Sena Amewu
International Water Management Institute
BusinessAgribusinessAgricultural economicsDeveloping countryFood processing
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Publications 6
#1Solomie A. Gebrezgabher (IWMI: International Water Management Institute)H-Index: 2
#2Avinandan Taron (TISS: Tata Institute of Social Sciences)H-Index: 1
Last. Sena Amewu (IWMI: International Water Management Institute)H-Index: 1
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Abstract This study applied a combined analytical hierarchy process (AHP) and goal programming (GP) model to assist decision makers in identifying and prioritizing key investment climate (IC) indicators for waste recycling and reuse enterprises in developing countries. Taking a sector based perspective, key IC criteria and indicators were identified and ranked through country stakeholder workshops in Ghana and Kenya. Three different key decision maker groups namely government agencies, private w...
1 CitationsSource
#2Sena AmewuH-Index: 1
Last. M. NjengaH-Index: 1
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#1Miriam OtooH-Index: 5
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The safe recovery of nutrients from our waste streams allows us to address the challenges of waste management and soil nutrient depletion conjointly. Commercialization of waste-based organic fertilizers such as FortiferTM (fecal sludge-based co-compost) has the potential to generate significant benefits for developing economies via cost recovery for the sanitation sector and the provision of an alternative agricultural input for smallholder farmers. To guide future FortiferTM businesses, this re...
#2Sena AmewuH-Index: 1
Last. Miriam OtooH-Index: 5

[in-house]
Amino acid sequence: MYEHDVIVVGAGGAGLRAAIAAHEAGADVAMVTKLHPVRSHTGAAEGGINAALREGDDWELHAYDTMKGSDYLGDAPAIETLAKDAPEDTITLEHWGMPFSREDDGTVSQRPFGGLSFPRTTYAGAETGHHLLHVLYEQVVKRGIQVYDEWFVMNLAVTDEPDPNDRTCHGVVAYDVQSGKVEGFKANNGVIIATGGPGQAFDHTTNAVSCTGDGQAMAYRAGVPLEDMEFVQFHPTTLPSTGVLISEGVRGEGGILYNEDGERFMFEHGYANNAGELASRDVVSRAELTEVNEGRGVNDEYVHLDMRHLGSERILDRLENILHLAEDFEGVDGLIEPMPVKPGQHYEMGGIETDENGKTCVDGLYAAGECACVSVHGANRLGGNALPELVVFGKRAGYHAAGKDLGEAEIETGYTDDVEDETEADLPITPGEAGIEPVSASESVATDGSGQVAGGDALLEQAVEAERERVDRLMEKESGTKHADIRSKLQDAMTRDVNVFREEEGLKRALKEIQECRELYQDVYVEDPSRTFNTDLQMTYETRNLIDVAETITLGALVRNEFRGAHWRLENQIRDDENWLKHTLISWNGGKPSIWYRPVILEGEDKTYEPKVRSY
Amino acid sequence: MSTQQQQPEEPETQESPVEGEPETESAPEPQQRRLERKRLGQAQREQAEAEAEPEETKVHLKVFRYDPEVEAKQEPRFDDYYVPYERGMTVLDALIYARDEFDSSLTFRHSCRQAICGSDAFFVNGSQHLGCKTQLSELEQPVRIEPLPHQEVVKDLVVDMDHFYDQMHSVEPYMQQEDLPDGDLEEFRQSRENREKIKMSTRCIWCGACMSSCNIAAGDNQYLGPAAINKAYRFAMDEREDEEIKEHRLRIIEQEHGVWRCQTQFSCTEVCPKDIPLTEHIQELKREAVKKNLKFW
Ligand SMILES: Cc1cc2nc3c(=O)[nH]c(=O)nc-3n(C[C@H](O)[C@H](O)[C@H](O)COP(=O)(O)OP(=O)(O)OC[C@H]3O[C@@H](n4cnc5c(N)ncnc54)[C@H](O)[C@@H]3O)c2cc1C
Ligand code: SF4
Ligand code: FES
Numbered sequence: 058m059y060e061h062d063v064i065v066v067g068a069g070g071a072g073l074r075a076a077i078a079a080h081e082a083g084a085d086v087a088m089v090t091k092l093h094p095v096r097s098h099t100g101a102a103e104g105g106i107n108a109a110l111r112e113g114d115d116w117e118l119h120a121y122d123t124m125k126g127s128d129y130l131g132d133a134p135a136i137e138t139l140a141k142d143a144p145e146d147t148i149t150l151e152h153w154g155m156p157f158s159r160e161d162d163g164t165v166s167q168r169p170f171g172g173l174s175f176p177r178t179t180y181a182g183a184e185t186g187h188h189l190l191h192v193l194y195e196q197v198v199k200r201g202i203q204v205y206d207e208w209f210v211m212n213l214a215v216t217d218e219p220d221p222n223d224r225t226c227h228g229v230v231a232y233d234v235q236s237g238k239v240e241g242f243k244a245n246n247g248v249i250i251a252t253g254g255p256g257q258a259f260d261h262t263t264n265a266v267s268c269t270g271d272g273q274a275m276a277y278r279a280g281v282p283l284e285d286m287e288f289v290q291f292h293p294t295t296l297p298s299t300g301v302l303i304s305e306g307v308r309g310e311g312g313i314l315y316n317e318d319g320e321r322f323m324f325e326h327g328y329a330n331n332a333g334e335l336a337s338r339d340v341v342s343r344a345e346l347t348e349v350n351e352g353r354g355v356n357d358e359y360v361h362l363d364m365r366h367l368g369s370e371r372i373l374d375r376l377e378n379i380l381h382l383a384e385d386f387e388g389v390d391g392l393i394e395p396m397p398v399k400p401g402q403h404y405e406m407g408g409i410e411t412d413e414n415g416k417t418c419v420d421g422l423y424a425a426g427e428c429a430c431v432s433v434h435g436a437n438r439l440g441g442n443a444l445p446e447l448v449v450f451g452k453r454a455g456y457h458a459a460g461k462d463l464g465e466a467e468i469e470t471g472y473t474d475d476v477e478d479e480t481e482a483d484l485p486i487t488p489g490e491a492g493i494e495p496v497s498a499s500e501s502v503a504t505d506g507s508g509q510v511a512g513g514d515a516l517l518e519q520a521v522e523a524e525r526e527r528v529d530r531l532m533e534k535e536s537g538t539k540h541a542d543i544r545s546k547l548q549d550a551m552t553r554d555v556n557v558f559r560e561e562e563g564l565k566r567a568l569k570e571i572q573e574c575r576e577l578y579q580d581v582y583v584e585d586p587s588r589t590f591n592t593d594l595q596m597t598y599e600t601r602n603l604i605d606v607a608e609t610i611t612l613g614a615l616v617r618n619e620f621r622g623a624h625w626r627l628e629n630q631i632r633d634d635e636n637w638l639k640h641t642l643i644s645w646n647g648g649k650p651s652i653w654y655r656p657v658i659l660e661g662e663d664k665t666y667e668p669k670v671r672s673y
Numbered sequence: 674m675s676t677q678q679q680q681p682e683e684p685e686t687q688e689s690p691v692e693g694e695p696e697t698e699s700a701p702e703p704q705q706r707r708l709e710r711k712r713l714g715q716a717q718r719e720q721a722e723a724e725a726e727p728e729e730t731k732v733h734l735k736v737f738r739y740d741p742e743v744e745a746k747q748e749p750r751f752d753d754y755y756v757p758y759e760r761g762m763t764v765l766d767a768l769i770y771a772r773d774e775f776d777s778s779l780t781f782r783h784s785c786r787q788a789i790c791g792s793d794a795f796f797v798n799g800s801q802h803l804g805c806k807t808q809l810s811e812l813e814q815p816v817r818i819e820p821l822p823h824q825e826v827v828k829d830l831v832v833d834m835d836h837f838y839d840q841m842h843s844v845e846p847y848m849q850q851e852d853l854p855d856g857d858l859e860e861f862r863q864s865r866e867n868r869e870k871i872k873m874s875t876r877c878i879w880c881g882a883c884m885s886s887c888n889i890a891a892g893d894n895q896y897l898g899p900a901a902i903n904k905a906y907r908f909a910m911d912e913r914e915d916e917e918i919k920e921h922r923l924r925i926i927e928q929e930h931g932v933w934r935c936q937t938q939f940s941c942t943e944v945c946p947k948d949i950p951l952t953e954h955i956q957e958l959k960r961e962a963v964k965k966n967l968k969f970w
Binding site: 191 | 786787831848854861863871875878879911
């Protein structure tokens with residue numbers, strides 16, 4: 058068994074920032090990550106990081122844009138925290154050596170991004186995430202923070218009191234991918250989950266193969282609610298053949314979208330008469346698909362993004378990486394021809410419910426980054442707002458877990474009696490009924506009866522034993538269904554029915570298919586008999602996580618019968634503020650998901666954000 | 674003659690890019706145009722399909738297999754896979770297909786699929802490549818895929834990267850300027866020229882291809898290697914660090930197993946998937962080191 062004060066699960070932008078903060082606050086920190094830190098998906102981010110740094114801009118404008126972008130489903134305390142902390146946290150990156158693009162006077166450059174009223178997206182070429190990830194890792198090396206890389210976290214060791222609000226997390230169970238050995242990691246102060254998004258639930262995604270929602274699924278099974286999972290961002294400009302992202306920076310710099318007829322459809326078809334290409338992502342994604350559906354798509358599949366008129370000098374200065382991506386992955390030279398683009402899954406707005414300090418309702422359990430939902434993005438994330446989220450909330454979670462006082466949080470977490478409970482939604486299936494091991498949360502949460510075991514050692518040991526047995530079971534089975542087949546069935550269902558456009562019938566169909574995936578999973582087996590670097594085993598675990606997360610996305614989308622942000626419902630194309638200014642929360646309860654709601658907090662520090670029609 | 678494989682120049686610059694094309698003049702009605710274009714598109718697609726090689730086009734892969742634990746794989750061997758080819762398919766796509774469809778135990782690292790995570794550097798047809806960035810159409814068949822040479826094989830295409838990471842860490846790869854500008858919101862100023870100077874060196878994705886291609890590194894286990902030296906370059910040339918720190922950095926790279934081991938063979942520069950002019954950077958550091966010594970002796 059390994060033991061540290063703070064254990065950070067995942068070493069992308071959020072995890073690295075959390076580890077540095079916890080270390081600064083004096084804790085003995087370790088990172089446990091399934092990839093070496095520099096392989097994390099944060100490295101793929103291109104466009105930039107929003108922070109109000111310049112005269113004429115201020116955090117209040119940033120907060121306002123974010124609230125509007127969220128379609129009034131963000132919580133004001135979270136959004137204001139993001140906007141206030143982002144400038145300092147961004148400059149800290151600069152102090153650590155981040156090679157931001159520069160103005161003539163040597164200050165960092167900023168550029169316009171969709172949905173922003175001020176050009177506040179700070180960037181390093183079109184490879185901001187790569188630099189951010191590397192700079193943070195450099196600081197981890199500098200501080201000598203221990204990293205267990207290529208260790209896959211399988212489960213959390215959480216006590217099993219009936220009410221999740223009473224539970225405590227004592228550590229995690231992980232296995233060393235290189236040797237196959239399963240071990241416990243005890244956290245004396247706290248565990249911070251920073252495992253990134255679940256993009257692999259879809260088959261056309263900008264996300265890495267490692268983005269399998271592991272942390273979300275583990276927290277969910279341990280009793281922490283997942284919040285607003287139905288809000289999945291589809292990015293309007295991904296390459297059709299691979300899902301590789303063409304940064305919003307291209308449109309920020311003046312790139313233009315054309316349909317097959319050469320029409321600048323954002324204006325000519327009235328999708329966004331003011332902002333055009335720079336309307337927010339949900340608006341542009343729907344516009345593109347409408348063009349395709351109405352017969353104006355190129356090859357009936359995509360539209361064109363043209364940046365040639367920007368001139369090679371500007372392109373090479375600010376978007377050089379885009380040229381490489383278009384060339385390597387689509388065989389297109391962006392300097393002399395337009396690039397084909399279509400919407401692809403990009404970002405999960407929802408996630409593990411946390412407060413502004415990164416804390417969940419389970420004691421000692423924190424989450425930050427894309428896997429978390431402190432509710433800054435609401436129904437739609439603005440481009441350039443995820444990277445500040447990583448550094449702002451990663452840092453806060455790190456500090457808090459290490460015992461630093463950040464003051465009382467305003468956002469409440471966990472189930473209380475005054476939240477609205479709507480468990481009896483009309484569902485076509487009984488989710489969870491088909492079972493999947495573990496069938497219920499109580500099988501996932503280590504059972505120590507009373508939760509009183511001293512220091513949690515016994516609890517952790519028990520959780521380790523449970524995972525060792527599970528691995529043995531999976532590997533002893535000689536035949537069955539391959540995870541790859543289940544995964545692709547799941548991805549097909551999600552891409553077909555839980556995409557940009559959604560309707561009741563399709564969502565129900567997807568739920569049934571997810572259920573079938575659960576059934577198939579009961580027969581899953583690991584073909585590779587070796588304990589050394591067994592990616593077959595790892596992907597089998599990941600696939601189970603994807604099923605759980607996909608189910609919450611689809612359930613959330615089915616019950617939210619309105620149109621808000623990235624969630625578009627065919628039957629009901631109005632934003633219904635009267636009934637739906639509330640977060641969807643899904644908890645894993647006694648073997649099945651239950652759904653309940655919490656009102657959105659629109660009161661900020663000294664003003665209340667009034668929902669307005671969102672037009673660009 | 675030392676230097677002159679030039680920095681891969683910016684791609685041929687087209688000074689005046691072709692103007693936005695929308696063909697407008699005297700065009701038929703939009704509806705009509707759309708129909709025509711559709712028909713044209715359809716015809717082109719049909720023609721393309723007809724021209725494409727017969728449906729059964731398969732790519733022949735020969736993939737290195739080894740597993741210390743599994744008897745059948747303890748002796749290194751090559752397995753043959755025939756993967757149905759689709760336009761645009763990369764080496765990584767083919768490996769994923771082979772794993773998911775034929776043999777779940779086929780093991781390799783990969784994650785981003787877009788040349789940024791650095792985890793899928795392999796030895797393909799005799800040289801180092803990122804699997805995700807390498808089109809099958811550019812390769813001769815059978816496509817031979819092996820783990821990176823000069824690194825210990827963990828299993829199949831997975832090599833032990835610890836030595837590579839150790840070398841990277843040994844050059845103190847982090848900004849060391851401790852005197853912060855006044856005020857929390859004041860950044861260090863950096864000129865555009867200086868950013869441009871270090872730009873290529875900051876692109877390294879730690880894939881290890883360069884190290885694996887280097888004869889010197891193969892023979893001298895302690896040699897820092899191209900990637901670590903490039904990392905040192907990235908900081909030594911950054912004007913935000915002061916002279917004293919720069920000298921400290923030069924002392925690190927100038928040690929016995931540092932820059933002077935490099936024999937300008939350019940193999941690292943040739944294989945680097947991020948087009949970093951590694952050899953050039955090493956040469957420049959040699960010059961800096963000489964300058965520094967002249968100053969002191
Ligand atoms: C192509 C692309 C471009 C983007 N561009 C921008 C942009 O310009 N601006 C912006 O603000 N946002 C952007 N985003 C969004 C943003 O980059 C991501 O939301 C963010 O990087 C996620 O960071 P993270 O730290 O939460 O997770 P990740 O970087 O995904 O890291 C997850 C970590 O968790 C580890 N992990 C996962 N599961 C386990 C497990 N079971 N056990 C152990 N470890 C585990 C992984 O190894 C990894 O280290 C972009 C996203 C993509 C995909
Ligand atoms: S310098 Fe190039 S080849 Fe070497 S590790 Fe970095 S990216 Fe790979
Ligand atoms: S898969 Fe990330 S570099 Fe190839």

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Recovering energy from waste offers dual benefits – a) improved waste management, and b) provision of reliable energy to households, institutions and commercial entities. In this report, we present a socioeconomic assessment of three energy business models (briquette manufacturing, on-site (public toilet) energy generation, and agro-waste electricity generation) based on feasibility studies carried out in the city of Kampala, Uganda. We assess the potential economic, environmental and social imp...
2 CitationsSource
#2Sena AmewuH-Index: 1
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The reuse of treated wastewater for aquaculture has been practiced in several countries and has a potential to create a viable fish farming business in low income countries. However, wastewater aquaculture practices which satisfy health and hygiene guidelines and standards will not be viable if consumers are unwilling to purchase fish reared in treated wastewater. In this study we investigate consumers’ preference and willingness to pay for fish farmed in treated wastewater in Ghana. A consumer ...